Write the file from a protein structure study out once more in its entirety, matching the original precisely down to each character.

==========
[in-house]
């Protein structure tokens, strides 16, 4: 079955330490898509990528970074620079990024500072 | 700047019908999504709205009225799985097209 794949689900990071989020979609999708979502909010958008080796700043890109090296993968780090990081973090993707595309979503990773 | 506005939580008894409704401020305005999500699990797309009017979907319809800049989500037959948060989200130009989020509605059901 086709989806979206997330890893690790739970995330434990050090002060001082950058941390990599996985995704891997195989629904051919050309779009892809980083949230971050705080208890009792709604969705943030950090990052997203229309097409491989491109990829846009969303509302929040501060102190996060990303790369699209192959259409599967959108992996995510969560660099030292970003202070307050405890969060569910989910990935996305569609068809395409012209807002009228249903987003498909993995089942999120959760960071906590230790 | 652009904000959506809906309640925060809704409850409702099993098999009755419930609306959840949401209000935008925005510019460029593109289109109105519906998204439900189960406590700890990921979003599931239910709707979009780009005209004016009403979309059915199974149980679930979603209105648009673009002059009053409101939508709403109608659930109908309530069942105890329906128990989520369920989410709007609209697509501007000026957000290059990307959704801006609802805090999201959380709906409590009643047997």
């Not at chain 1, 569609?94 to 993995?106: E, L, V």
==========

[in-house]
């Protein structure tokens, strides 16, 4: 079955330490898509990528970074620079990024500072 | 700047019908999504709205009225799985097209 794949689900990071989020979609999708979502909010958008080796700043890109090296993968780090990081973090993707595309979503990773 | 506005939580008894409704401020305005999500699990797309009017979907319809800049989500037959948060989200130009989020509605059901 086709989806979206997330890893690790739970995330434990050090002060001082950058941390990599996985995704891997195989629904051919050309779009892809980083949230971050705080208890009792709604969705943030950090990052997203229309097409491989491109990829846009969303509302929040501060102190996060990303790369699209192959259409599967959108992996995510969560660099030292970003202070307050405890969060569910989910990935996305569609068809395409012209807002009228249903987003498909993995089942999120959760960071906590230790 | 652009904000959506809906309640925060809704409850409702099993098999009755419930609306959840949401209000935008925005510019460029593109289109109105519906998204439900189960406590700890990921979003599931239910709707979009780009005209004016009403979309059915199974149980679930979603209105648009673009002059009053409101939508709403109608659930109908309530069942105890329906128990989520369920989410709007609209697509501007000026957000290059990307959704801006609802805090999201959380709906409590009643047997």
């Not at chain 1, 569609?94 to 993995?106: E, L, V």